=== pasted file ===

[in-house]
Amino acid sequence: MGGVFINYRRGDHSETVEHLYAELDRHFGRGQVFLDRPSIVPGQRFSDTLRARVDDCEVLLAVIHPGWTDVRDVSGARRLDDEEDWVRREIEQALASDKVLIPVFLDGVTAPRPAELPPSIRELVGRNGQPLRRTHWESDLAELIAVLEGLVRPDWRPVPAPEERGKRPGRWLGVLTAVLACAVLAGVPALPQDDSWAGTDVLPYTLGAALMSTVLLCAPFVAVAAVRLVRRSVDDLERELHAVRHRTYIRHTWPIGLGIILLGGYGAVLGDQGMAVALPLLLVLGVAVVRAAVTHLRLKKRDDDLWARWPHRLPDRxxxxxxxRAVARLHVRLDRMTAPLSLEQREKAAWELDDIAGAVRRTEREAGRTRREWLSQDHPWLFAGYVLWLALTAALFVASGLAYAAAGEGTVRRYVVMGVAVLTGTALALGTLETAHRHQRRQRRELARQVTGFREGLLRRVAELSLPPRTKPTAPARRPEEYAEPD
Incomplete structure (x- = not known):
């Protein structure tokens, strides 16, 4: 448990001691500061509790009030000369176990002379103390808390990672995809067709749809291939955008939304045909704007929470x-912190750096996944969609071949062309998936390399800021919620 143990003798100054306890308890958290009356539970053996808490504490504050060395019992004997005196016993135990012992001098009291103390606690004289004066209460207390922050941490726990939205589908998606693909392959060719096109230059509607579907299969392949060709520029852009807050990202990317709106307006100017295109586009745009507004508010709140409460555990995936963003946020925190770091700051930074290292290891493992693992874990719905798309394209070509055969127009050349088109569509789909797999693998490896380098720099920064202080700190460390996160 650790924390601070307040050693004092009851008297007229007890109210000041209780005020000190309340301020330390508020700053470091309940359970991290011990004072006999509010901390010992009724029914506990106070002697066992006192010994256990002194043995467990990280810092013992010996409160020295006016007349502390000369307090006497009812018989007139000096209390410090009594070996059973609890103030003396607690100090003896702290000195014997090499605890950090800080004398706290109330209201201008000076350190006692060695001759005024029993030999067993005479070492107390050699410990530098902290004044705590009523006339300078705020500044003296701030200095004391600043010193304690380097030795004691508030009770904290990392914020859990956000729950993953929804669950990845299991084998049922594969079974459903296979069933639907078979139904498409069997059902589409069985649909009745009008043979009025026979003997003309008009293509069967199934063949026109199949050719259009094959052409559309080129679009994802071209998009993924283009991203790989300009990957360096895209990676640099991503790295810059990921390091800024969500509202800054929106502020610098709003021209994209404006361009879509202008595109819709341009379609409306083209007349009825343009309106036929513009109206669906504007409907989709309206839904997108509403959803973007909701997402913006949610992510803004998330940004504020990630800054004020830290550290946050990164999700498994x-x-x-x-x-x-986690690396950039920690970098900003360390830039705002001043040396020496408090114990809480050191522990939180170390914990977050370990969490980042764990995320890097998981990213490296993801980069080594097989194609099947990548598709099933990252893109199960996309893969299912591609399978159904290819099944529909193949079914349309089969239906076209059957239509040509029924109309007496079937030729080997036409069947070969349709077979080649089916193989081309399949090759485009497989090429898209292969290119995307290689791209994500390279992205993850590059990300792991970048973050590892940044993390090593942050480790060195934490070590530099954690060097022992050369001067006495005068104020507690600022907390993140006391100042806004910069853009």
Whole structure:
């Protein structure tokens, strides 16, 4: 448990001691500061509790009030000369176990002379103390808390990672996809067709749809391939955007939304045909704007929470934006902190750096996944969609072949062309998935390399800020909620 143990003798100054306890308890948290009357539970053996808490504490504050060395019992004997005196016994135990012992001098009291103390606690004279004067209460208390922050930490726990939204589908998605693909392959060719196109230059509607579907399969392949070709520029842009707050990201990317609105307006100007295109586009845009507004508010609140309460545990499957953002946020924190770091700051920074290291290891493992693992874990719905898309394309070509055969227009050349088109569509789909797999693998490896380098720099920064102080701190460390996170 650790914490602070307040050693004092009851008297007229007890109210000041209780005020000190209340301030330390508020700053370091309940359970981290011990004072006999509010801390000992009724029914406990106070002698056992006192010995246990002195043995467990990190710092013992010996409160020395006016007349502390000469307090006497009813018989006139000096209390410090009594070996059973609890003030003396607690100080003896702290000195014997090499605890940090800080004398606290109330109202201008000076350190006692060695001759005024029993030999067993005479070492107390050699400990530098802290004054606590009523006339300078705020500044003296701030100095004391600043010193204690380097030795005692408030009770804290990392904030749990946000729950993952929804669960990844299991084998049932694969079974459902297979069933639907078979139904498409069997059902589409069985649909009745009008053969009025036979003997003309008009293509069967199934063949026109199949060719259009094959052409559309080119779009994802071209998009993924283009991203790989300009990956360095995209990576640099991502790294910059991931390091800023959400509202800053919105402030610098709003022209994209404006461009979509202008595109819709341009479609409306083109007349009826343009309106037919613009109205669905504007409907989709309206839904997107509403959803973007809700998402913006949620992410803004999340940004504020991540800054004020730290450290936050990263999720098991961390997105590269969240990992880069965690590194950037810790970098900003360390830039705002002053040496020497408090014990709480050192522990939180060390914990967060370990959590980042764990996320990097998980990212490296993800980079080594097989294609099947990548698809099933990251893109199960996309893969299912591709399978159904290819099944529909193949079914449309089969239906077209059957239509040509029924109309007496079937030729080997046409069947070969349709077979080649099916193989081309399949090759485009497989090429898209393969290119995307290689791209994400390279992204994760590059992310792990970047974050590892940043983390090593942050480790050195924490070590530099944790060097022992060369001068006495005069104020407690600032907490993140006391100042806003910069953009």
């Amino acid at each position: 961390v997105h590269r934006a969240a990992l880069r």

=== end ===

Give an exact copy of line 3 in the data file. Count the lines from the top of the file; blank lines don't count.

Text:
Incomplete structure (x- = not known):